When you - as you state - has been using Ubuntu for years - you should know that automounted removable devices end up in a volatile structure


Everything else is inside your home.

If you are used to Ubuntu then you are used to Nautilus - unless you used Xubuntu - then you wouldn’t have to state the above - as Xfce uses Thunar and this work the same no matter the distribution.

The gvfs packages is handling all the underlying stuff and pulls in the necessary dependencies.

If you want your removable devices to show up with a name instead of UUID - then use gparted to label the partiion - just remember - not all filesystems can be labelled with mounted.

The you should have specifically said that boot time was not the issue because partitioning of SSD does not affect boottime and as such you have yourself put emphasis on boottime which is also my impression from the content of your OT.

What you are trying to achieve is not clear.

I’m sorry if i misunderstood then, but that’s what i understood between all the text because of wrong markup… :woman_shrugging:
Feel free to undo my rename, but please be more specific and CLEAR about what you want…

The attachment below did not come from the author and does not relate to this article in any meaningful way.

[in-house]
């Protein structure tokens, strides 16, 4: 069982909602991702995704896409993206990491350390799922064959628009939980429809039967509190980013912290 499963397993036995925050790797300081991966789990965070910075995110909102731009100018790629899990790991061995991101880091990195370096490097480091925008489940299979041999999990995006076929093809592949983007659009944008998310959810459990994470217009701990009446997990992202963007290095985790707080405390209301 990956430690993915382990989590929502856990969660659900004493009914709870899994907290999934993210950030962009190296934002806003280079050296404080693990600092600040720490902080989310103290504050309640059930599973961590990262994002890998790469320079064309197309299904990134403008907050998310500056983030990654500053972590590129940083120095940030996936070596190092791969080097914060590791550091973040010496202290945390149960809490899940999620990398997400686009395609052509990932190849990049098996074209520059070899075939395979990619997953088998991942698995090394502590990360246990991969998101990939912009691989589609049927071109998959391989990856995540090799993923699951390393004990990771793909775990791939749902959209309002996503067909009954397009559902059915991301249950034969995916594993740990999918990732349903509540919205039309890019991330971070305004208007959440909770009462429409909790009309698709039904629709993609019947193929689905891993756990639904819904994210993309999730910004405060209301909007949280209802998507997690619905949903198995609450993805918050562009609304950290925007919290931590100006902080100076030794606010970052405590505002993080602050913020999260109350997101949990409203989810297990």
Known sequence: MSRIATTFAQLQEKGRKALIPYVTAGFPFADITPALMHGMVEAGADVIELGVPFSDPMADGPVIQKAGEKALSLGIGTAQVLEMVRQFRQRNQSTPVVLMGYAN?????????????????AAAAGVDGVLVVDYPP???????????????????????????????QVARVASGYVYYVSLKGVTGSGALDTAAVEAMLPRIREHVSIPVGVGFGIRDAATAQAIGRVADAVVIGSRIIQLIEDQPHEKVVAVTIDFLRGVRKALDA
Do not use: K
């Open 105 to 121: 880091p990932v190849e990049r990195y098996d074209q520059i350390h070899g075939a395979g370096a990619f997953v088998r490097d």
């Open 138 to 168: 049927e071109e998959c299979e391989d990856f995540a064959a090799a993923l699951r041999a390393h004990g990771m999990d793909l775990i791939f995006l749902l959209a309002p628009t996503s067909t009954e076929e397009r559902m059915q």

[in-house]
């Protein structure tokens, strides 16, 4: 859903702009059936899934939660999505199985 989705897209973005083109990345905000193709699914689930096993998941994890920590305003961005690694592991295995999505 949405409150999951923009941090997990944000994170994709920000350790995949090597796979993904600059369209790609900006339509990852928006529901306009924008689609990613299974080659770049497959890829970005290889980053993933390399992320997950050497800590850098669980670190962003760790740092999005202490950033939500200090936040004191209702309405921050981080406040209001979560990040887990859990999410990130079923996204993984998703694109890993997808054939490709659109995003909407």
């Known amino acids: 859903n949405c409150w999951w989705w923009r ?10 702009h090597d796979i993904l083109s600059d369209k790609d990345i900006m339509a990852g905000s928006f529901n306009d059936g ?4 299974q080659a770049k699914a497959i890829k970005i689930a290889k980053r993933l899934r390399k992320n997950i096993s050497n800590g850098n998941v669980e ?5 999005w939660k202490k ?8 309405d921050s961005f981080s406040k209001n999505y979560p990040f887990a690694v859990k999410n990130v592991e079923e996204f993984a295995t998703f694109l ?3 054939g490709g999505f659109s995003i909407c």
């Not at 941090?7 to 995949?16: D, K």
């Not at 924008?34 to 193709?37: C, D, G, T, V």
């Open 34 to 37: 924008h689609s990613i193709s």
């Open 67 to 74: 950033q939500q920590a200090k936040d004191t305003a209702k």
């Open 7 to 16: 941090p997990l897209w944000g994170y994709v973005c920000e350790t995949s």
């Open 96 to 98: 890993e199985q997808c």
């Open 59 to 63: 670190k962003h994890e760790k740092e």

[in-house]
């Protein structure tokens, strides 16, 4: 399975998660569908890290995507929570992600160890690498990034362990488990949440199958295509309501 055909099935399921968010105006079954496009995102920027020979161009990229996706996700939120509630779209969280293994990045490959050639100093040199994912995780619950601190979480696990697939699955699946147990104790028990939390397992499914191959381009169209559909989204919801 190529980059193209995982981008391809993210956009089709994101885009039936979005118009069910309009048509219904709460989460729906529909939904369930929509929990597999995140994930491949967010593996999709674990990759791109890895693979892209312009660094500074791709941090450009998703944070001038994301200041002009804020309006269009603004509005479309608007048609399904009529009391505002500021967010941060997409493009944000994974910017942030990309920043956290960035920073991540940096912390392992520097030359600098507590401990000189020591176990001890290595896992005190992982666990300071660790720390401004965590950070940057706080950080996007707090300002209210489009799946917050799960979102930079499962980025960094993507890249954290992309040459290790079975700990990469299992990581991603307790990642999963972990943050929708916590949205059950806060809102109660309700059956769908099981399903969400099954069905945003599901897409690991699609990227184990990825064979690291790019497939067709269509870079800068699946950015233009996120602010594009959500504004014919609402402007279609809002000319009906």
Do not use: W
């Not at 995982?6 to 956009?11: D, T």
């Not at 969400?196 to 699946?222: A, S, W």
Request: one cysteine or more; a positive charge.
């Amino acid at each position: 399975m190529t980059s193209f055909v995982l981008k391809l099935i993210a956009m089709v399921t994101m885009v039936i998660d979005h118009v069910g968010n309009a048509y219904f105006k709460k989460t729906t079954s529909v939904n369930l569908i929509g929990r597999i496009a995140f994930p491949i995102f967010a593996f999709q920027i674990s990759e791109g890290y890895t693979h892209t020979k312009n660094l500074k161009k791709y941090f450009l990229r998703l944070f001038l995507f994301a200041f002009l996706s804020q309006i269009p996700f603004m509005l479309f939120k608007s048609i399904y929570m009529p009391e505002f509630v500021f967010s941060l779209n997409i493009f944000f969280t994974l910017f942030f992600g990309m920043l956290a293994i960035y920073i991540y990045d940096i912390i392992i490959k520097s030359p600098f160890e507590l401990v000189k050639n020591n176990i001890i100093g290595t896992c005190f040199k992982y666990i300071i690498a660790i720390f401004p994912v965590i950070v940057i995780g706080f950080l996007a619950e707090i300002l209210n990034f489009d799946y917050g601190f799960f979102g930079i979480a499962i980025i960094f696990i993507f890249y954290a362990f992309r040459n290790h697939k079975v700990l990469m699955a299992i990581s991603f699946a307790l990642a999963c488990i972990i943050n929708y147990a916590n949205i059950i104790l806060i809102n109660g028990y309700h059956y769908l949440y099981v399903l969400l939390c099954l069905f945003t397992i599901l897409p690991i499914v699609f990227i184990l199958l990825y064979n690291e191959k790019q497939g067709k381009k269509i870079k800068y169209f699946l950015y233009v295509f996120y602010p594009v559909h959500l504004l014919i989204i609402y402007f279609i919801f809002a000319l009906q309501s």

Ok, show us.

What’s a BIOS log? Are you talking about post?

What should be /? The user’s home directory should be in /home, if the username is chas then it should be /home/chas. Not even root uses / as a home directory (it uses /root). Perhaps I’m missing something.

You’re auto-mounting the partition because it’s not configured to be mounted at /home during boot.

If that is the only partition named “Home” then this will configure your home partition to be used.

echo "LABEL=Home /home ext4 noatime 0 0" | sudo tee -a /etc/fstab

# if you have a problem then use the live USB, mount / and 
# post the contents of fstab here, comment out the line 
# we added and reboot

It looks like you already have a chas directory in your home partition, but the files may differ since you’ve been auto mounting it. Make sure all your files have been copied to the Home partition before rebooting. Be careful not to overwrite new files with old, if in doubt copy it all to a new directory (eg /run/media/chas/Home/chas/oldhome) and sort it out later.

Make sure you have a live USB just in case something goes wrong. Once you’re absolutely sure everything works and is where it’s meant to be, then you can use the live USB to delete the original files, it doesn’t hurt to leave it for a few days or weeks just in case you missed something. Be very careful!

If you’re unsure about doing any of this then read and ask questions.